If boar taint smells unpleasant, rotten meat is almost unbearable and your whole body will tell you that you shouldn’t eat it. This is because our instincts are trained to protect us from food poisoning until the dawn of time, so you should trust your gut feeling.
Bad pork usually smells like sulfur, rotten eggs, or has a sour and ammonia-like odor. It is that kind of smell that makes you want to throw up, so luckily there is no way you can be mistaken about it.
The type of packaging can also give the meat an unpleasant smell, like plastic or something industrial. Usually, this does not mean the meat itself is spoiled, but it’s better to rinse it properly and eliminate the odor.
Fresh and unpacked meat can also smell bad if the environment has weird smells, so when you visit a butcher shop or a supermarket and you smell something unpleasant in the air, be aware that the same smell could remain on everything you buy.
Other ways to tell if your pork has gone bad include:
– Meat color: fresh meat is pink to red in color, while the fat is white and there shouldn’t be anything yellow anywhere. Meat that has been in the fridge may become a little darker, which is normal. However, do not keep pork in the fridge for more than 3-5 days. It is usually not good to be consumed after this time. Meat should be stored in the freezer, and always vacuum sealed before doing so. In the freezer, if properly stored and not taken out, it can last up to 5 months.
– Meat firmness: another important step to take to verify the freshness of your meat is to use your touch. Fresh pork is tender but has a firm consistency. Also, it shouldn’t be too dry and shouldn’t have a slimy layer over it. In the presence of any of these characteristics, your meat is not as fresh as it should be and you should probably throw it away.
– Package: the first thing to do before buying pork is to check the best by date. You need to know when you will use the meat, or you risk leaving it in the fridge for too long and making it inedible. As a general rule, it’s better to know when you’re going to cook the meat and even better if you cook it the same day you bought it. If your meat has passed the expiration date and you haven’t kept it in the freezer, do not eat it.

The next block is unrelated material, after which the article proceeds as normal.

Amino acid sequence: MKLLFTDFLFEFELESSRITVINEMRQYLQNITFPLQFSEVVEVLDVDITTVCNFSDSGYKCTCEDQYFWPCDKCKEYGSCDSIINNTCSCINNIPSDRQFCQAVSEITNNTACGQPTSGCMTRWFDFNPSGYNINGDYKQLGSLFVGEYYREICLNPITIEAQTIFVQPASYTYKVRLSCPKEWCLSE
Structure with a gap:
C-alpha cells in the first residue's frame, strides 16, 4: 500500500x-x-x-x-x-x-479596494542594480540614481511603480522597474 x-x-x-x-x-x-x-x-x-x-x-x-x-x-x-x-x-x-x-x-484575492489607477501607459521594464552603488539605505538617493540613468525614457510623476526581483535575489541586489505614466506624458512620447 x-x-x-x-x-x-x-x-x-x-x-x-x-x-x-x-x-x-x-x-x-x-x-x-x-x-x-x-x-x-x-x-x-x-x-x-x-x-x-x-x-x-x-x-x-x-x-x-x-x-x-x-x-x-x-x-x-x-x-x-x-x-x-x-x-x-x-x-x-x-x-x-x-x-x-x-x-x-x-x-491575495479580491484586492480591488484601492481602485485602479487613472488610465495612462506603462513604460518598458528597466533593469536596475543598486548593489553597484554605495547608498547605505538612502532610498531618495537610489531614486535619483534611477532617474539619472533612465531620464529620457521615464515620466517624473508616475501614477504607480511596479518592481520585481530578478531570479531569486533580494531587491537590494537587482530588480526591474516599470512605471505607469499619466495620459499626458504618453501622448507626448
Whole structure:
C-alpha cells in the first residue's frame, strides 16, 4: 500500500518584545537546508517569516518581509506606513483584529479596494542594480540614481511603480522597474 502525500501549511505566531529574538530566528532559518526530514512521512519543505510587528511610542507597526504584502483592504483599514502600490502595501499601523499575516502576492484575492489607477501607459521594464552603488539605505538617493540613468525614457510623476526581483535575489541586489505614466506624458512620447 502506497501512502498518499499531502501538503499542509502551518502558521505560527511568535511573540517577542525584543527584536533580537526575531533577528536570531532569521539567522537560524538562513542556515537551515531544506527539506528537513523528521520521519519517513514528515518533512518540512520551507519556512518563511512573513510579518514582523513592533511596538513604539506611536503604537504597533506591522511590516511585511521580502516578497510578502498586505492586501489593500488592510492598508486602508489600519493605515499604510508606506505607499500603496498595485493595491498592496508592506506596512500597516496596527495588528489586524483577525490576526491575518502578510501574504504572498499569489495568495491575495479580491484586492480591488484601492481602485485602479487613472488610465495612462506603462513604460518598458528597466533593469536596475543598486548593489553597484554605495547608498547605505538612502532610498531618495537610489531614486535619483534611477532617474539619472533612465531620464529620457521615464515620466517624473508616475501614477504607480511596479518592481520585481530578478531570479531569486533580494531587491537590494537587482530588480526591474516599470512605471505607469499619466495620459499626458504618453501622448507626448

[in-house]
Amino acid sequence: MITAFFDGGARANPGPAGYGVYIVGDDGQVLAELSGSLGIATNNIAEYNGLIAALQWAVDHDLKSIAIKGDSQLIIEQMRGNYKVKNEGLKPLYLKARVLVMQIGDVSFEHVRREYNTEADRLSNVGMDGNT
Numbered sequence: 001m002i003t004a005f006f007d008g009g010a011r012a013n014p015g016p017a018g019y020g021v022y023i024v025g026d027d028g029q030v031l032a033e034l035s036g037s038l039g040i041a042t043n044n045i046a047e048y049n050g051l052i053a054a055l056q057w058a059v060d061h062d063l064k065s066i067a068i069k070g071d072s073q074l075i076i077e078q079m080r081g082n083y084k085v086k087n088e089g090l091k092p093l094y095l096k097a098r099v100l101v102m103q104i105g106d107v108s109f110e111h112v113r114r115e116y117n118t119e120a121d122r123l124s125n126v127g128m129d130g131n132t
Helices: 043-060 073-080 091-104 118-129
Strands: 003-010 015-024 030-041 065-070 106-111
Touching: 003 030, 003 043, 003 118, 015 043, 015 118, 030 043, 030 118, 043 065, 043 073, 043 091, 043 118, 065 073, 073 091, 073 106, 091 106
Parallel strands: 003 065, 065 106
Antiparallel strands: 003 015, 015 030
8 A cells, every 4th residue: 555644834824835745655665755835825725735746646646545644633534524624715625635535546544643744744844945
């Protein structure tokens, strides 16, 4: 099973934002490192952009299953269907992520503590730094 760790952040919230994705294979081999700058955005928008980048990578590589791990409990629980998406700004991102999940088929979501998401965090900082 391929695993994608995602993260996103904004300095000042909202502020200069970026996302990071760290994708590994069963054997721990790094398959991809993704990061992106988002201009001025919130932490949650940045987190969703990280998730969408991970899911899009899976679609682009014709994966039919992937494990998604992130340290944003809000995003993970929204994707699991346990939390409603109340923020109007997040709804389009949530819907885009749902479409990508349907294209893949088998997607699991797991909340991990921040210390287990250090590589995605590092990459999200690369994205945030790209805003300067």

– Improper storage: when you walk into a store, pay attention to warning signs such as foul stench or swarms of flies. In this kind of environment, it’s a given that the freshness of the meat is not a priority. Even without warning signs, pay attention to how the meat is stored and if it’s kept in less than perfect conditions, buy somewhere else. Improper storage, even in the refrigerator, will decrease the quality of the meat over time and may cause bacterial infections even if the meat tastes good.
– Mold: it goes without saying that if you see mold on your meat, you might as well throw it out as it is. Mold thrives in a moist environment, so if you live in that kind of environment, make sure to cook your pork as soon as possible to avoid storing it for too long. It is recommended to boil and salt your meat in order to avoid mold. Do not try to remove the mold or to slice the affected part in order to cook the ‘clean’ part, it is useless. In fact, mold runs deep in your meat and it’s not always visible to the eye.
How to prevent raw meat from going bad.
Here are some tips to store your meat properly and keep it from going bad:
– When possible, consume the meat the same day you bought it.
– Store the meat in the refrigerator if you know you will consume it within 3-5 days, otherwise store it in the freezer.
– Vacuum pack your meat before storing it in the freezer.
– Meat stored in the freezer is best consumed within 2-3 months, as its quality will decrease over time.
– Store your meat between 33 and 36 degrees Fahrenheit.
– Cook meat by the “best by” date on the package or at most within 2-3 days from the best buy date.
– Do not eat your meat if you have a slight doubt that it could be rotten. Buying meat is cheaper than treating food poisoning!